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The Myxococcus xanthus asgA gene encodes a novel signal transduction protein required for multicellular development.

By L Plamann, Y Li, B Cantwell and J Mayor

Abstract

The Myxococcus xanthus asgA gene is one of three known genes necessary for the production of extracellular A-signal, a cell density signal required early in fruiting body development. We determined the DNA sequence of asgA. The deduced 385-amino-acid sequence of AsgA was found to contain two domains: one homologous to the receiver domain of response regulators and the other homologous to the transmitter domain of histidine protein kinases. A kanamycin resistance (Kmr) gene was inserted at various positions within or near the asgA gene to determine the null phenotype. Those strains with the Kmr gene inserted upstream or downstream of asgA are able to form fruiting bodies, while strains containing the Kmr gene inserted within asgA fail to develop. The nature and location of the asgA476 mutation were determined. This mutation causes a leucine-to-proline substitution within a conserved stretch of hydrophobic residues in the N-terminal receiver domain. Cells containing the insertion within asgA and cells containing the asgA476 substitution have similar phenotypes with respect to development, colony color, and expression of an asg-dependent gene. An analysis of expression of a translational asgA-lacZ fusion confirms that asgA is expressed during growth and early development. Finally, we propose that AsgA functions within a signal transduction pathway that is required to sense starvation and to respond with the production of extracellular A-signal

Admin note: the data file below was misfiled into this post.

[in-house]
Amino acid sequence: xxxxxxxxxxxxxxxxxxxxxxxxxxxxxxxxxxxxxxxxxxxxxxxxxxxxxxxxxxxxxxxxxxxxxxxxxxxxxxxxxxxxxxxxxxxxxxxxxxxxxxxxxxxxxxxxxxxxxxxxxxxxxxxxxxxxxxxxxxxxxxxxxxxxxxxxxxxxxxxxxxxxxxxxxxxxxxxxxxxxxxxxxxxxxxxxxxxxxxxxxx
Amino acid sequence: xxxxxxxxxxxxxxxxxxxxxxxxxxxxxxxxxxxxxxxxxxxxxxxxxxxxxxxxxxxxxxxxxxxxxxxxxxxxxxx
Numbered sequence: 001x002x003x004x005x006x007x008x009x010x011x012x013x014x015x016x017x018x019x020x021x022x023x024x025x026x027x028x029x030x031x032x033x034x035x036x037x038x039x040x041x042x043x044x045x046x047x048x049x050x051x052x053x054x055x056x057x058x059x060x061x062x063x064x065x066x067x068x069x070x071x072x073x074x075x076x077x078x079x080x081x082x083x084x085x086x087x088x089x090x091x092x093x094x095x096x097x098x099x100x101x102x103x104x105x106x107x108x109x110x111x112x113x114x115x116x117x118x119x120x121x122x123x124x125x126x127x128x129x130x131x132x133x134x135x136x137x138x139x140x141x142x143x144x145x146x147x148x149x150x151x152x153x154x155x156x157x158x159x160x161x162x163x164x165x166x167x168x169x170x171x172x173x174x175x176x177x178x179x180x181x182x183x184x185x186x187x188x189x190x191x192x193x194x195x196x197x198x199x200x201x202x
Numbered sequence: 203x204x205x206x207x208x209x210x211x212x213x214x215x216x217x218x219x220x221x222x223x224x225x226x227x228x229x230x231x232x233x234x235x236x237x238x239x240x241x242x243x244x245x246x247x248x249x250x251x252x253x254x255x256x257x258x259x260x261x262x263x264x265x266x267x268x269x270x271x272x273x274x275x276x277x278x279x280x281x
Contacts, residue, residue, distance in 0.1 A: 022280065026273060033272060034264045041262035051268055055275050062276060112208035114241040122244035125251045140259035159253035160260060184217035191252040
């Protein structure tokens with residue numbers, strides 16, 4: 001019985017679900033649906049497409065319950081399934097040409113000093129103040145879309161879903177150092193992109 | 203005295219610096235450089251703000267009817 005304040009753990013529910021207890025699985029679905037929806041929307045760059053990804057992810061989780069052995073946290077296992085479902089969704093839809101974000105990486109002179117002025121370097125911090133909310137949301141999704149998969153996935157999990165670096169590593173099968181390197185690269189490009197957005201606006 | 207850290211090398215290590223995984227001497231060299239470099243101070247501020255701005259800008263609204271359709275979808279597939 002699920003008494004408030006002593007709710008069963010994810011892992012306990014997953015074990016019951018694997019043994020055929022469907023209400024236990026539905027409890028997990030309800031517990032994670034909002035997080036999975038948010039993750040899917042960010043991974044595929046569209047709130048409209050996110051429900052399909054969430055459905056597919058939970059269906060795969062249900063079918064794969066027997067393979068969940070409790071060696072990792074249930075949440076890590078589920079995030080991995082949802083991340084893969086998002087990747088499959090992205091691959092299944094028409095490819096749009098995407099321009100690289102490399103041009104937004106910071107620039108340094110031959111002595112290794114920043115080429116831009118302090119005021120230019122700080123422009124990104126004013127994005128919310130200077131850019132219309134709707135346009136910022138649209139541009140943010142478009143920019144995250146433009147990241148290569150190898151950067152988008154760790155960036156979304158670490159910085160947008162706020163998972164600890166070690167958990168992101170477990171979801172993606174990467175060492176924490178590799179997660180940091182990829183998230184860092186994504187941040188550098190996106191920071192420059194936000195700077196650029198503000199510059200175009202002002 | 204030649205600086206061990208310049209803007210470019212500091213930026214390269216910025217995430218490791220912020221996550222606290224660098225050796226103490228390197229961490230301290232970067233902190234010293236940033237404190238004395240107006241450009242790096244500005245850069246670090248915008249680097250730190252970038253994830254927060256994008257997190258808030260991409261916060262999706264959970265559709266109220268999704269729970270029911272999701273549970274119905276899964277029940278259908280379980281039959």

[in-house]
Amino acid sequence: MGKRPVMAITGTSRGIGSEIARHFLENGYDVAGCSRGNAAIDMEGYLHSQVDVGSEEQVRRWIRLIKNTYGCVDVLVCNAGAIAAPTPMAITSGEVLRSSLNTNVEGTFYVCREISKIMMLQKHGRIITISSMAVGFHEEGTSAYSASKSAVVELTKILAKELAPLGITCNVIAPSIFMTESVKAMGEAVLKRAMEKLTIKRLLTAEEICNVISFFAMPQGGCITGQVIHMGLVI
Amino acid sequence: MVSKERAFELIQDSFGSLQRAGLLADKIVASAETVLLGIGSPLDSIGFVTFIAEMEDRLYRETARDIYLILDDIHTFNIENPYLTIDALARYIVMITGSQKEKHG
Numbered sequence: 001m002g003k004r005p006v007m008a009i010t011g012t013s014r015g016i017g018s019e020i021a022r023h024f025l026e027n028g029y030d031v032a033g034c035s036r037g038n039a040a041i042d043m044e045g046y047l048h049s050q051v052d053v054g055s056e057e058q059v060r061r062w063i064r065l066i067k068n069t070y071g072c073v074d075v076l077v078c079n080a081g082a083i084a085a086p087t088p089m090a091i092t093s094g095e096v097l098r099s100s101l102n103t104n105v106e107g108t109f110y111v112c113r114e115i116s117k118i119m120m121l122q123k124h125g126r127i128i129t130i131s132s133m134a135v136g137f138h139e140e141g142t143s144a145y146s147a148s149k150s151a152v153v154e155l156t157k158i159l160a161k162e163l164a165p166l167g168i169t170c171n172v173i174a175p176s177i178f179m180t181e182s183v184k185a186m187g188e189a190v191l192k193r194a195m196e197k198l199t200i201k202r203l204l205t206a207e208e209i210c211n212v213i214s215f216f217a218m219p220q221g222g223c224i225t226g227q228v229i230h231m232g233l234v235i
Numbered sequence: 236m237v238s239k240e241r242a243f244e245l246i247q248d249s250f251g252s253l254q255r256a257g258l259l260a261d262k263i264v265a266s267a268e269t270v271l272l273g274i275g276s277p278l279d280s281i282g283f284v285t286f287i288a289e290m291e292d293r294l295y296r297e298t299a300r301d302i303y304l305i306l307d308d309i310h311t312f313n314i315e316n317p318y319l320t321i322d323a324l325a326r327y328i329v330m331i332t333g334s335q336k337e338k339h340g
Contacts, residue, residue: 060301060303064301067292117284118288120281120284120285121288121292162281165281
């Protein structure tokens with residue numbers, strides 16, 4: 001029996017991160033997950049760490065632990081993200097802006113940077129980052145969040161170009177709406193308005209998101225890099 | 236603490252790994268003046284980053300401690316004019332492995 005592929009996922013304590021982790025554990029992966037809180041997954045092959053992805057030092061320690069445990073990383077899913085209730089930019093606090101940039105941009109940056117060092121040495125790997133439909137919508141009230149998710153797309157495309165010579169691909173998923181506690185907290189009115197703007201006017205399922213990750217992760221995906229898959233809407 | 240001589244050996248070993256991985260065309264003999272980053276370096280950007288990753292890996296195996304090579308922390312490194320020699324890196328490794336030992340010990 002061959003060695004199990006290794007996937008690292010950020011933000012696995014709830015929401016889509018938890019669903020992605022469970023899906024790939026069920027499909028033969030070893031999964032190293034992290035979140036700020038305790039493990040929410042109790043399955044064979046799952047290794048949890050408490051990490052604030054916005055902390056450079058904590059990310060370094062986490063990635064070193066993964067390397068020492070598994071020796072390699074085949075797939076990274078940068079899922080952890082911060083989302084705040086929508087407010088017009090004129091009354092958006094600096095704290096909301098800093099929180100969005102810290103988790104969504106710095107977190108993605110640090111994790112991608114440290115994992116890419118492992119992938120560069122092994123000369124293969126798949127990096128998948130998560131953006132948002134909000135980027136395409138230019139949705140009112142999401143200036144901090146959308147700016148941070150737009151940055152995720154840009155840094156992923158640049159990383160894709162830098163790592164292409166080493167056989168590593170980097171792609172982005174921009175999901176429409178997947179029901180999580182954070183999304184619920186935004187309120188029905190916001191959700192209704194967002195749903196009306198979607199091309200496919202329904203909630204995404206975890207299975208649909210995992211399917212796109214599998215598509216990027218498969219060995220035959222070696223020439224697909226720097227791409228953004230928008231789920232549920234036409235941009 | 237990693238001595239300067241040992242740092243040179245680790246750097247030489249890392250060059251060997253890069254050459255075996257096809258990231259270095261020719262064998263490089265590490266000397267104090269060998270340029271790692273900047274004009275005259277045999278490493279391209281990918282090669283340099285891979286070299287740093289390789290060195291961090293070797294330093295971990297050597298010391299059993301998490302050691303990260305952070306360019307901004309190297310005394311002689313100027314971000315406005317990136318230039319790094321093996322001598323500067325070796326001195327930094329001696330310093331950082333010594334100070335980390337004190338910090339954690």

Topics: Research Article
Year: 1995
DOI identifier: 10.1128/jb.177.8.2014-2020.1995
OAI identifier: oai:pubmedcentral.nih.gov:176844
Provided by: PubMed Central
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